Unplugged

TOKYO, Nov 1, 2006 (AFP) – Times have changed since Nobutoshi Kihara sketched out designs for the revolutionary Walkman on a piece of paper. But, despite a disastrous few years for the iconic Japanese company, the ground-breaking Sony engineer believes the electronics giant still has its spirit of innovation as it marks its 60th anniversary this year.

A protege of Sony co-founders Masaru Ibuka and Akio Morita, Kihara is the little known face behind Japan’s first magnetic tape recorders, portable tape recorders, music stereo systems, Betamax video and digital cameras.

Kihara, who has slipped quietly into retirement after nearly six decades at Sony, also played key roles in improving the company’s televisions and mini video cameras.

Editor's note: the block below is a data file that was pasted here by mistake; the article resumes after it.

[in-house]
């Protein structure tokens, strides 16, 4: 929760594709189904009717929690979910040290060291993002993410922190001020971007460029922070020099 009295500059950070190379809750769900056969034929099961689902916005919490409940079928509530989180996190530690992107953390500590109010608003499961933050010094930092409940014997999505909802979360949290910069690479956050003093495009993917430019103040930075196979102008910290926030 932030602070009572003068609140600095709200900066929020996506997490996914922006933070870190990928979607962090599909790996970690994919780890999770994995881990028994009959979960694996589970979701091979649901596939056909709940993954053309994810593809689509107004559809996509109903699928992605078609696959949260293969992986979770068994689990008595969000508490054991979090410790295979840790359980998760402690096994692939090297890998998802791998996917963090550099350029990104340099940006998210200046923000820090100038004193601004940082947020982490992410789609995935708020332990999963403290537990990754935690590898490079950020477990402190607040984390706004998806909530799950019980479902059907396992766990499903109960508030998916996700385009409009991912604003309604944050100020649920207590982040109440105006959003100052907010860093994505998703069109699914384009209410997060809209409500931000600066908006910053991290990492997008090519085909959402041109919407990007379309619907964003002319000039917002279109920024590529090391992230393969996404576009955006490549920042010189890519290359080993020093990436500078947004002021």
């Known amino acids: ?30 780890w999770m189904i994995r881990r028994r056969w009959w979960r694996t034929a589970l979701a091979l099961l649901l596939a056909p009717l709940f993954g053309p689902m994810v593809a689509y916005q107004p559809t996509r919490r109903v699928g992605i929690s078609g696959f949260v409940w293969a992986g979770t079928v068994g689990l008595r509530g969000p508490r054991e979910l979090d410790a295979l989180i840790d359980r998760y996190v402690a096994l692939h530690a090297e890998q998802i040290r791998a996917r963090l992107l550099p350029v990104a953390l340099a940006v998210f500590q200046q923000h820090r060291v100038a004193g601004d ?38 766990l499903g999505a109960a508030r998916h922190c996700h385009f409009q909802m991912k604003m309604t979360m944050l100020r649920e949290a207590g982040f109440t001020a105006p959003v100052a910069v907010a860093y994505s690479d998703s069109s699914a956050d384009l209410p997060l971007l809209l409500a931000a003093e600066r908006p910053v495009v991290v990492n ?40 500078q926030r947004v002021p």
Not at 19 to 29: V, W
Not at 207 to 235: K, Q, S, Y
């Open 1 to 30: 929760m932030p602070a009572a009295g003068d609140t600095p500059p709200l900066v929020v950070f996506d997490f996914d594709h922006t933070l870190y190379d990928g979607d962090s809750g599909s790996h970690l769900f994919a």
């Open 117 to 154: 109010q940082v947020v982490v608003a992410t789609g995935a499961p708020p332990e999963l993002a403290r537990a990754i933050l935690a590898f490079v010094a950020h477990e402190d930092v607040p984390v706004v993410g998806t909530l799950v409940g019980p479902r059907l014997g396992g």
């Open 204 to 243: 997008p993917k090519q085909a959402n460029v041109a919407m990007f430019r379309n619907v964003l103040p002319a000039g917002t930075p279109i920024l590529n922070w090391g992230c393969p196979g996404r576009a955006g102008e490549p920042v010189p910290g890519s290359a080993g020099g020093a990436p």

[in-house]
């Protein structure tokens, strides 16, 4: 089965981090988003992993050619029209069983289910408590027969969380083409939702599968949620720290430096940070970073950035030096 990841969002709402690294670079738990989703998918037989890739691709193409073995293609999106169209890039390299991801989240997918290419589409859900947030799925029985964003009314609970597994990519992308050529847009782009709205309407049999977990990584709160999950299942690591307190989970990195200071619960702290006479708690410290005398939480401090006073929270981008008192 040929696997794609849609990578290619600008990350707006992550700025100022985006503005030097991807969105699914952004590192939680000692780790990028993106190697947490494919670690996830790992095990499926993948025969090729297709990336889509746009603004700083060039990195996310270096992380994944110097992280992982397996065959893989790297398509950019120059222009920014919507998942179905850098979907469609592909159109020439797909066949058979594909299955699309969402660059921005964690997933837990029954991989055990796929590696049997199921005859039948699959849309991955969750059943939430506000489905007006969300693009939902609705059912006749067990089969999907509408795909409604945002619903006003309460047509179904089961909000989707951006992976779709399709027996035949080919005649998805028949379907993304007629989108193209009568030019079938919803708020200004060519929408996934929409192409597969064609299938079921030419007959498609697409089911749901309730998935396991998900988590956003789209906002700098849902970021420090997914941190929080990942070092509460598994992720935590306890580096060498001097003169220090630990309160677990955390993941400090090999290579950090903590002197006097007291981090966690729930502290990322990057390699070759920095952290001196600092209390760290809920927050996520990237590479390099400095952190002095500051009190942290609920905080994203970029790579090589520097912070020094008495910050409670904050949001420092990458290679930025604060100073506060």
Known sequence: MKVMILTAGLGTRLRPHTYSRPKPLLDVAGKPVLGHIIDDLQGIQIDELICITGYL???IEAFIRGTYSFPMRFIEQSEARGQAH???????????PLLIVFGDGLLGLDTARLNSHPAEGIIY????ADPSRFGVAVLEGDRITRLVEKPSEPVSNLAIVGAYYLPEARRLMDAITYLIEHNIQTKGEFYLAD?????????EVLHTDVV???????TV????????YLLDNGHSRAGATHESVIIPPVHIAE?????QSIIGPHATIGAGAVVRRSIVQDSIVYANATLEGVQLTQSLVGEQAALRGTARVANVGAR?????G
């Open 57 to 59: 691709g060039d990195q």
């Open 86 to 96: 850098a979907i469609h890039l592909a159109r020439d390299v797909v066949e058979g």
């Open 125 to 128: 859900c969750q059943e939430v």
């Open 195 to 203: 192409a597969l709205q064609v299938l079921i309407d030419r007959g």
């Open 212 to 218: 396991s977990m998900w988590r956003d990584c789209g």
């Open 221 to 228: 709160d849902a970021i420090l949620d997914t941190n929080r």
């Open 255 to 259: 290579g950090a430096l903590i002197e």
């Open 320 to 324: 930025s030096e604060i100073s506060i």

“We made good, quality products. Our founders also knew the importance of advertising and promotion. That’s how the company grew,” said the soft-spoken 80-year-old, dressed in a khaki engineer’s uniform.

“We did not think about expanding the company for the sake of expansion. It just grew as we worked on our products,” he told AFP before retiring as head of a Sony research center where he spent his la